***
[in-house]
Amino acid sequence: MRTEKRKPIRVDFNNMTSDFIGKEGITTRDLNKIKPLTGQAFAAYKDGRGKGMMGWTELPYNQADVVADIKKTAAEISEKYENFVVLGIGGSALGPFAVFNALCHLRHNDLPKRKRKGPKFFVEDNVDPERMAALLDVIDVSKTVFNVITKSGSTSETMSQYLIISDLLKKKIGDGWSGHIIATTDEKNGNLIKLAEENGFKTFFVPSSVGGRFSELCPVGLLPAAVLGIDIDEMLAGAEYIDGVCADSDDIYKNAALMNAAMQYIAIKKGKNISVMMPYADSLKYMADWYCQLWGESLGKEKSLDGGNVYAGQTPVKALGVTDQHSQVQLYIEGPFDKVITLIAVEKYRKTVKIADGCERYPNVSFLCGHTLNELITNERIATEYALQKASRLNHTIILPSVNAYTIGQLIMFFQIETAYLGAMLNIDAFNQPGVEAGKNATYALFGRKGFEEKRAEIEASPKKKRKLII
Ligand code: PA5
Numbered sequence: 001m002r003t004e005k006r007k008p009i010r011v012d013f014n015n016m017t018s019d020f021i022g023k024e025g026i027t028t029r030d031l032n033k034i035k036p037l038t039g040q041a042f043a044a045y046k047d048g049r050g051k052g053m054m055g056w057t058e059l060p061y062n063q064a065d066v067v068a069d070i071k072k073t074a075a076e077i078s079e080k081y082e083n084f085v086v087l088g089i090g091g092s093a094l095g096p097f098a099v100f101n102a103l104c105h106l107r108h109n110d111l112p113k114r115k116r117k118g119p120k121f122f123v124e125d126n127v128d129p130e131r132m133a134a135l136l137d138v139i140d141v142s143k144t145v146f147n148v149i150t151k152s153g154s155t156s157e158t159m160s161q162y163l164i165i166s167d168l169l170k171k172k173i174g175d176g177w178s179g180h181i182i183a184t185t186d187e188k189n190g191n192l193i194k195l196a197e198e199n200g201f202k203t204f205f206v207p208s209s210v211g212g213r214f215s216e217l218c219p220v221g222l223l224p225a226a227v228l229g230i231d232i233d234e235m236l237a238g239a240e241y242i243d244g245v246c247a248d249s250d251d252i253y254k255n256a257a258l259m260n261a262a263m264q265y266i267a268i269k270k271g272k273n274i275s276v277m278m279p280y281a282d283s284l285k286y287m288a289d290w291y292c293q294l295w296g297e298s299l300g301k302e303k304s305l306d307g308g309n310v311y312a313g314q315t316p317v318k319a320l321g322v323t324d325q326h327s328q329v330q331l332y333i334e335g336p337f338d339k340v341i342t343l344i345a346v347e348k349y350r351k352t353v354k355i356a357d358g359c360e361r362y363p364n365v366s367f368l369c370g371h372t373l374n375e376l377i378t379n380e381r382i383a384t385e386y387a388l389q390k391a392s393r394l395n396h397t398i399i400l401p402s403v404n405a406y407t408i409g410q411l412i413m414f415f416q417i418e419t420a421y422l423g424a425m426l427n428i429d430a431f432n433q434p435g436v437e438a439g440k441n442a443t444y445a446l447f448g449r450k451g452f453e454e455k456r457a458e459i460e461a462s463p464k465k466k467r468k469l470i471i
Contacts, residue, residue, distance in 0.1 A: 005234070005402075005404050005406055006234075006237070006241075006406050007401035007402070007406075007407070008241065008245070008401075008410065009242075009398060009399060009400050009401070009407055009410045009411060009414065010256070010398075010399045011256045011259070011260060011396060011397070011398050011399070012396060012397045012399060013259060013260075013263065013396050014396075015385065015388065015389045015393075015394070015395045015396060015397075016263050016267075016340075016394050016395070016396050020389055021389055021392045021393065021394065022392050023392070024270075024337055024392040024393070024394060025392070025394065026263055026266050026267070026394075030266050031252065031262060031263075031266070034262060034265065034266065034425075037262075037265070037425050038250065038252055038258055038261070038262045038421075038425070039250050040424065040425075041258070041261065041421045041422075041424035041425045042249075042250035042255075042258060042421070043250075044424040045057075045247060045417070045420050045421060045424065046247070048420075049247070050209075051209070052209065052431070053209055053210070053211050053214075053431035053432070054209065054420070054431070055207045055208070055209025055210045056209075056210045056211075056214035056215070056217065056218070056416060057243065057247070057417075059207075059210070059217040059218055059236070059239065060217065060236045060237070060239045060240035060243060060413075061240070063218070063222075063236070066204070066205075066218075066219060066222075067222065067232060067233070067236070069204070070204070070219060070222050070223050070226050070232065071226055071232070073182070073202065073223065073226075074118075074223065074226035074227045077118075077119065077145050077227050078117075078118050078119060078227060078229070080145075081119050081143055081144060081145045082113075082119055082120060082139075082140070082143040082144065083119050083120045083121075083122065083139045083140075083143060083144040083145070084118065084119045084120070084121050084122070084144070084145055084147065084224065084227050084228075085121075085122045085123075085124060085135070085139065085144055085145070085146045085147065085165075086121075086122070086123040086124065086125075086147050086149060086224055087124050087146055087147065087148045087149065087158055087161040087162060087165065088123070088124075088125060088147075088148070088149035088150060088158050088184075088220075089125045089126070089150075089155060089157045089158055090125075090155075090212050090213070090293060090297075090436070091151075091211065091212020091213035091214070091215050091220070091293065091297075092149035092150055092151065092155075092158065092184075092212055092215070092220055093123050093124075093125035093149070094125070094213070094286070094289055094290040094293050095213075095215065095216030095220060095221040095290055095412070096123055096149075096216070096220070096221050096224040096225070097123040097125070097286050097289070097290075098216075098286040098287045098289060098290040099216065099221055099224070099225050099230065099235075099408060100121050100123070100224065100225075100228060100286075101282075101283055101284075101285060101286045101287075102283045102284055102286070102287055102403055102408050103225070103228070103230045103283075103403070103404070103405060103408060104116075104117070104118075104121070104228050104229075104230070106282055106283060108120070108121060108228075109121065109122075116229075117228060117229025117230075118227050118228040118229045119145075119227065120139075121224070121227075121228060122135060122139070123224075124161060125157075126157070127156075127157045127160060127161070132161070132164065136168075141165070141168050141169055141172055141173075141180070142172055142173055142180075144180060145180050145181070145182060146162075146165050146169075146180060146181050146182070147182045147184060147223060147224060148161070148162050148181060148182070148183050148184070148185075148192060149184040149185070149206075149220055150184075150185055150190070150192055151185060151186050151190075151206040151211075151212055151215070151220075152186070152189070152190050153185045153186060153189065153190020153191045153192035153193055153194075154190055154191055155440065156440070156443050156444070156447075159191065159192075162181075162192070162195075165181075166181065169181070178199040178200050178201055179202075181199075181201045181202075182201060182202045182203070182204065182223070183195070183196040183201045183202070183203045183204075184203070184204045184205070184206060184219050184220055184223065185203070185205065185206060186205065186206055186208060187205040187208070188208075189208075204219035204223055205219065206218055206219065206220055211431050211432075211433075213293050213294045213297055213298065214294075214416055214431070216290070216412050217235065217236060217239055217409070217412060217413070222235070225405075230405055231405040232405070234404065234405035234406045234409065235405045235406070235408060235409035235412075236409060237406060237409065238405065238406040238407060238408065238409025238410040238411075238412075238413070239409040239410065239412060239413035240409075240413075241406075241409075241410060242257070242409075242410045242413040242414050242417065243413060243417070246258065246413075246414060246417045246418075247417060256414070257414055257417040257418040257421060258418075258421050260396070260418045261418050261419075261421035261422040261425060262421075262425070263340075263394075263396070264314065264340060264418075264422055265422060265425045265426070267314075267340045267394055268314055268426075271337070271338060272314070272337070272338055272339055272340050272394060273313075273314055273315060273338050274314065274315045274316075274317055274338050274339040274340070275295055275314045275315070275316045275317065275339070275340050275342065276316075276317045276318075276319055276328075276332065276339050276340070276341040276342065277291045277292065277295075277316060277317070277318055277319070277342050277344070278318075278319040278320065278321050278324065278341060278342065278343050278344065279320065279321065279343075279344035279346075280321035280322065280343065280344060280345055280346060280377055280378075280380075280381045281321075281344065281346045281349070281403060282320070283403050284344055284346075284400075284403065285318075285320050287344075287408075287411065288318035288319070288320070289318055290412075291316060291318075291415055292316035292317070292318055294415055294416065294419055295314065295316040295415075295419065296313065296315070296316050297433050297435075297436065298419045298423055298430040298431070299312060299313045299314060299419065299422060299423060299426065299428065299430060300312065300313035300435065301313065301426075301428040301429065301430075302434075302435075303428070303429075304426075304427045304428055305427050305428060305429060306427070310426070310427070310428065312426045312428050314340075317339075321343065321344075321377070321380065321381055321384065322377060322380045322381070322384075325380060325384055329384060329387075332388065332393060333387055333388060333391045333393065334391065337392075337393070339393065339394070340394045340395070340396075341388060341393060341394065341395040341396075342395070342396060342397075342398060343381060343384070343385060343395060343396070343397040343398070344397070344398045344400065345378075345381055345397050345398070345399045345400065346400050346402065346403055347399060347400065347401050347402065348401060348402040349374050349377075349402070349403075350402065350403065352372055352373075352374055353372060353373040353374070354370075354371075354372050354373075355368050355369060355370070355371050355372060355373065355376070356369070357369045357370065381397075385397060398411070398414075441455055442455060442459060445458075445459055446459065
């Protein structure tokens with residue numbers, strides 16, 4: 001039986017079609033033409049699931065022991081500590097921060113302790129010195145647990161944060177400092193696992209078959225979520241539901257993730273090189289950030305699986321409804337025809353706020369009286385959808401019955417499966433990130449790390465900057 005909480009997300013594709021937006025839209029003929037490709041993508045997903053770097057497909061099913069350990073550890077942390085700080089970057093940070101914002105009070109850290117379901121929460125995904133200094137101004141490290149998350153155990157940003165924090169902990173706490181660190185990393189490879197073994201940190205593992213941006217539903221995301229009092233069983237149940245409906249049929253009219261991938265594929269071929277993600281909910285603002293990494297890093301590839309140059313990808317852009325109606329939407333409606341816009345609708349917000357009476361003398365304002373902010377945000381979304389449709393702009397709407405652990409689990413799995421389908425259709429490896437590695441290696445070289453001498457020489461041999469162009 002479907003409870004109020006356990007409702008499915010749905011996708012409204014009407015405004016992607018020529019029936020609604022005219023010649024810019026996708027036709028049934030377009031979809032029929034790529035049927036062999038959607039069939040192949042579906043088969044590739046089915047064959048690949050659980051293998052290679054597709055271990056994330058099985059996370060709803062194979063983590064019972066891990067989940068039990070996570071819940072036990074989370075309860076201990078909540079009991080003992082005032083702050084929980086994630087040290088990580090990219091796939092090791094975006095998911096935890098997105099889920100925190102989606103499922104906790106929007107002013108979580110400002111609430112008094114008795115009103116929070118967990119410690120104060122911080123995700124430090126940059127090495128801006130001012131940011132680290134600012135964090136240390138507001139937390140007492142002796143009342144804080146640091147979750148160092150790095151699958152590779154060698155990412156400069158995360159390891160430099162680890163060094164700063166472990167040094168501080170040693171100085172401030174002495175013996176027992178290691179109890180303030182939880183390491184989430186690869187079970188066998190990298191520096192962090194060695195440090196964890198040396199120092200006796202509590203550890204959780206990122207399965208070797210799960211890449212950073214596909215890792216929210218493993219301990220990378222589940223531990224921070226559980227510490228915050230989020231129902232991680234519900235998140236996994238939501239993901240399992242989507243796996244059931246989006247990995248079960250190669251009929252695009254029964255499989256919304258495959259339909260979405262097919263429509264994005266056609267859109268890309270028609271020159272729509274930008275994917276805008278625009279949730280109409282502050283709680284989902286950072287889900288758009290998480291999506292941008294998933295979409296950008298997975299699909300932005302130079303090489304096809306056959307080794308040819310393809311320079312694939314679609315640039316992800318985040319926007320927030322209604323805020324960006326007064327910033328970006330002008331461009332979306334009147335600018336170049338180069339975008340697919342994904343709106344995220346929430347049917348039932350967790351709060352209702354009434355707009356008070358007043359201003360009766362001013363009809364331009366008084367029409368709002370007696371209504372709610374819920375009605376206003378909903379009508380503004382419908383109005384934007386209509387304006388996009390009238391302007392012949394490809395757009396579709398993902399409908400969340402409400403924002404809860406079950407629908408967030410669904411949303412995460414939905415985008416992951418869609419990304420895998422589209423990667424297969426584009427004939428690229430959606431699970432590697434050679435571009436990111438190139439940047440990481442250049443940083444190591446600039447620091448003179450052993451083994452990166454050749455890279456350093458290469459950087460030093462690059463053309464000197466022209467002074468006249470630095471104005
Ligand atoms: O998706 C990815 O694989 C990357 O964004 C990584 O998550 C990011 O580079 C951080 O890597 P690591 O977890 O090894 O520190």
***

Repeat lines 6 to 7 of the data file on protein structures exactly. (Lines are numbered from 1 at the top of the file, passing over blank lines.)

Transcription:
């Protein structure tokens with residue numbers, strides 16, 4: 001039986017079609033033409049699931065022991081500590097921060113302790129010195145647990161944060177400092193696992209078959225979520241539901257993730273090189289950030305699986321409804337025809353706020369009286385959808401019955417499966433990130449790390465900057 005909480009997300013594709021937006025839209029003929037490709041993508045997903053770097057497909061099913069350990073550890077942390085700080089970057093940070101914002105009070109850290117379901121929460125995904133200094137101004141490290149998350153155990157940003165924090169902990173706490181660190185990393189490879197073994201940190205593992213941006217539903221995301229009092233069983237149940245409906249049929253009219261991938265594929269071929277993600281909910285603002293990494297890093301590839309140059313990808317852009325109606329939407333409606341816009345609708349917000357009476361003398365304002373902010377945000381979304389449709393702009397709407405652990409689990413799995421389908425259709429490896437590695441290696445070289453001498457020489461041999469162009 002479907003409870004109020006356990007409702008499915010749905011996708012409204014009407015405004016992607018020529019029936020609604022005219023010649024810019026996708027036709028049934030377009031979809032029929034790529035049927036062999038959607039069939040192949042579906043088969044590739046089915047064959048690949050659980051293998052290679054597709055271990056994330058099985059996370060709803062194979063983590064019972066891990067989940068039990070996570071819940072036990074989370075309860076201990078909540079009991080003992082005032083702050084929980086994630087040290088990580090990219091796939092090791094975006095998911096935890098997105099889920100925190102989606103499922104906790106929007107002013108979580110400002111609430112008094114008795115009103116929070118967990119410690120104060122911080123995700124430090126940059127090495128801006130001012131940011132680290134600012135964090136240390138507001139937390140007492142002796143009342144804080146640091147979750148160092150790095151699958152590779154060698155990412156400069158995360159390891160430099162680890163060094164700063166472990167040094168501080170040693171100085172401030174002495175013996176027992178290691179109890180303030182939880183390491184989430186690869187079970188066998190990298191520096192962090194060695195440090196964890198040396199120092200006796202509590203550890204959780206990122207399965208070797210799960211890449212950073214596909215890792216929210218493993219301990220990378222589940223531990224921070226559980227510490228915050230989020231129902232991680234519900235998140236996994238939501239993901240399992242989507243796996244059931246989006247990995248079960250190669251009929252695009254029964255499989256919304258495959259339909260979405262097919263429509264994005266056609267859109268890309270028609271020159272729509274930008275994917276805008278625009279949730280109409282502050283709680284989902286950072287889900288758009290998480291999506292941008294998933295979409296950008298997975299699909300932005302130079303090489304096809306056959307080794308040819310393809311320079312694939314679609315640039316992800318985040319926007320927030322209604323805020324960006326007064327910033328970006330002008331461009332979306334009147335600018336170049338180069339975008340697919342994904343709106344995220346929430347049917348039932350967790351709060352209702354009434355707009356008070358007043359201003360009766362001013363009809364331009366008084367029409368709002370007696371209504372709610374819920375009605376206003378909903379009508380503004382419908383109005384934007386209509387304006388996009390009238391302007392012949394490809395757009396579709398993902399409908400969340402409400403924002404809860406079950407629908408967030410669904411949303412995460414939905415985008416992951418869609419990304420895998422589209423990667424297969426584009427004939428690229430959606431699970432590697434050679435571009436990111438190139439940047440990481442250049443940083444190591446600039447620091448003179450052993451083994452990166454050749455890279456350093458290469459950087460030093462690059463053309464000197466022209467002074468006249470630095471104005
Ligand atoms: O998706 C990815 O694989 C990357 O964004 C990584 O998550 C990011 O580079 C951080 O890597 P690591 O977890 O090894 O520190």